Astra Mitra Ventura, the venture capital arm of Indonesian diversified conglomerate and Gojek-backer Astra International, will focus on investing in early-stage startups – especially in the manufacturing and infrastructure sectors – the VC firm’s president director Jefri Sirait told DealStreetAsia.
Astra International is one of the largest conglomerates in Indonesia, with numerous subsidiaries in areas such as automotive, heavy equipment, mining, agribusiness and financial services.
The conglomerate also invests directly in startups in line with its business interests. Its investments include ride-hailing firm Gojek and logistic company Trukita.
Apart from manufacturing and infrastructure, Astra Ventura will also focus on startups that support its parent company’s ecosystem including tech-based automotive businesses (using machines, plastic injection, rubber, etc), infrastructure, agrotechnology and logistics.
“The synergy [with Astra International] is a must and we have a value chain business with a win-win benefit in our ecosystem. We are aiming for gain, while also for partial exit or full exit depending on the momentum,” Sirait said.
He added that the firm had yet to set up a venture fund. The reason for this, he explained, was because of the legal and tax concerns faced by companies who took the venture fund route such as Reliance Capital, Mandiri Sejahtera and Mandiri Capital.
He declined to give details on the target size for this year and the number of deals that the firm will manage.
The VC firm offers four financing services – productive financing (working capital, equipment, building investment); equity/stock participation, Astra’s project financing (funding to support Astra’s vendors by invoice/PO financing), and convertible bonds conversion.
Its current fund for financing startups is derived from Astra Ventura’s own equity, while also partnering with a local lender for loan financing.
Established in 1991, the firm used to be a part of Astra Financial but has subsequently been established as an independent entity. Since it was created in 1991 until today, the firm has deployed a total of 1.053 trillion rupiahs ($76.8 million) to 516 SMEs and startups across the archipelago.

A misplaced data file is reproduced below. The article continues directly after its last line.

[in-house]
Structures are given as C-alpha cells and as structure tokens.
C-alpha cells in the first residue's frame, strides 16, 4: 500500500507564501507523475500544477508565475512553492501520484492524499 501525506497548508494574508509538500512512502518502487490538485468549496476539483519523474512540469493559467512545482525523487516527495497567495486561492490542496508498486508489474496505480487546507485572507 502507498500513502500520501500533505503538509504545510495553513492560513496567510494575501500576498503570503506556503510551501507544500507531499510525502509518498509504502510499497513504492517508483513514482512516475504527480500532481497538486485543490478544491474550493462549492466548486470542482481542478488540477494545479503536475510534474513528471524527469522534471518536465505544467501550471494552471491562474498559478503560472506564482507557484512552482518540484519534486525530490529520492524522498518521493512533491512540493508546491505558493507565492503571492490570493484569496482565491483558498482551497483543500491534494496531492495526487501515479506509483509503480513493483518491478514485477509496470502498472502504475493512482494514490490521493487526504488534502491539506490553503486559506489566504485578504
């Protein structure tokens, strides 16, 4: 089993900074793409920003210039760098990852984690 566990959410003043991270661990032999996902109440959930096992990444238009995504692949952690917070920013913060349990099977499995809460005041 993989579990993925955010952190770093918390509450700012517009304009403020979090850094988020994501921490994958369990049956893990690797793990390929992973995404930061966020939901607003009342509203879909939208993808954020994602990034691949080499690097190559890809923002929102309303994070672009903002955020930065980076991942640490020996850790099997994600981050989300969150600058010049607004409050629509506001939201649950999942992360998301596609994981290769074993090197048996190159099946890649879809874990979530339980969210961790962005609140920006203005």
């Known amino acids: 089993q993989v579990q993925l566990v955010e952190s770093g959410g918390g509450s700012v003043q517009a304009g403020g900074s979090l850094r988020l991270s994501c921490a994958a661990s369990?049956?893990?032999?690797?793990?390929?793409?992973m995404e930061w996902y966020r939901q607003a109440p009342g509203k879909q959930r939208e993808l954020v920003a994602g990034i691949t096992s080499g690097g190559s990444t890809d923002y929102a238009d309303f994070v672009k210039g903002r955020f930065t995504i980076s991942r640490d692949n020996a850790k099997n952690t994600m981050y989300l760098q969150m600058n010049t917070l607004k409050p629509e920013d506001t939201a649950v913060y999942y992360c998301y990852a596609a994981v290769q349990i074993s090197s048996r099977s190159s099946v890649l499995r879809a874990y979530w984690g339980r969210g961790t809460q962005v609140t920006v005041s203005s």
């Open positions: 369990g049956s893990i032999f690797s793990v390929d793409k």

Its early stage to Series A investment in startups start from $500,000 and go all the way up to $1.5 million.
According to local media, Astra Ventura injected capital into automotive component manufacturer Laksana Teknik Makmur (LTMA) and automotive supply chain company Rekadaya Kreasi Indonesia.
Astra Ventura is the first corporate venture capital (CVC) firm from a private company in Indonesia. The country now has Mandiri Capital, which is said to be the first CVC by a local bank in Indonesia and the second by a state-owned enterprise, after Telkom Indonesia’s MDI Ventures.
The most recently established CVC arm comes from OCBC NISP Ventura which also recently obtained an OJK (Otoritas Jasa Keuangan – the financial services authority of Indonesia) license. Following the other lenders’ lead is Bank Central Asia (BCA), which invests in tech startups through its own VC firm Central Capital Ventura.
So far, there are 65 VC firms registered under OJK in Indonesia. According to the OJK data, the VC firms recorded financing for up to Rp 11,2 trillion in the first nine months of the last year; a 37.7 per cent increase compared to the same period in the previous year.
The lion’s share came from profit-sharing schemes – Rp 8.84 trillion as of October last year, up 29.2 per cent from the corresponding period in the year prior.
In the first nine months of the last year, the financing through equity option was recorded at Rp 1.84 trillion, while through convertible bonds conversion it was pegged at Rp 533 billion.